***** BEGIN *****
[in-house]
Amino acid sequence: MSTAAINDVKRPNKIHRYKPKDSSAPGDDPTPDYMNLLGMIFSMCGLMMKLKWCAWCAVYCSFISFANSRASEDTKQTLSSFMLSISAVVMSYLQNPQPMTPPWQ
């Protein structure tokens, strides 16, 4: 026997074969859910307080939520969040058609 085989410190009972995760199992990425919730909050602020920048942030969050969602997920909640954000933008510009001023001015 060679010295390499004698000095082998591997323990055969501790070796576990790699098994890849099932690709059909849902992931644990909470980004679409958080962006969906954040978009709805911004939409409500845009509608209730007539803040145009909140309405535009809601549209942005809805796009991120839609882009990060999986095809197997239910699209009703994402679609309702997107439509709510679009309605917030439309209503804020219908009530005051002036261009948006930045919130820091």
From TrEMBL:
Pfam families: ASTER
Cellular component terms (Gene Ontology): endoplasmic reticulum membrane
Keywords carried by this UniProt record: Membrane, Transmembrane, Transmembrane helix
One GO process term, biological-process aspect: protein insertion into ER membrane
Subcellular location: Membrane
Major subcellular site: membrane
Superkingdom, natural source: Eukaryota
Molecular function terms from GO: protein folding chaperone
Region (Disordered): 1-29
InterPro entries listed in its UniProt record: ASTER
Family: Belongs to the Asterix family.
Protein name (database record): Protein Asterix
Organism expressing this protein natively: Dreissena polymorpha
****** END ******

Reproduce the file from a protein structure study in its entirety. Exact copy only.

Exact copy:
[in-house]
Amino acid sequence: MSTAAINDVKRPNKIHRYKPKDSSAPGDDPTPDYMNLLGMIFSMCGLMMKLKWCAWCAVYCSFISFANSRASEDTKQTLSSFMLSISAVVMSYLQNPQPMTPPWQ
């Protein structure tokens, strides 16, 4: 026997074969859910307080939520969040058609 085989410190009972995760199992990425919730909050602020920048942030969050969602997920909640954000933008510009001023001015 060679010295390499004698000095082998591997323990055969501790070796576990790699098994890849099932690709059909849902992931644990909470980004679409958080962006969906954040978009709805911004939409409500845009509608209730007539803040145009909140309405535009809601549209942005809805796009991120839609882009990060999986095809197997239910699209009703994402679609309702997107439509709510679009309605917030439309209503804020219908009530005051002036261009948006930045919130820091």
From TrEMBL:
Pfam families: ASTER
Cellular component terms (Gene Ontology): endoplasmic reticulum membrane
Keywords carried by this UniProt record: Membrane, Transmembrane, Transmembrane helix
One GO process term, biological-process aspect: protein insertion into ER membrane
Subcellular location: Membrane
Major subcellular site: membrane
Superkingdom, natural source: Eukaryota
Molecular function terms from GO: protein folding chaperone
Region (Disordered): 1-29
InterPro entries listed in its UniProt record: ASTER
Family: Belongs to the Asterix family.
Protein name (database record): Protein Asterix
Organism expressing this protein natively: Dreissena polymorpha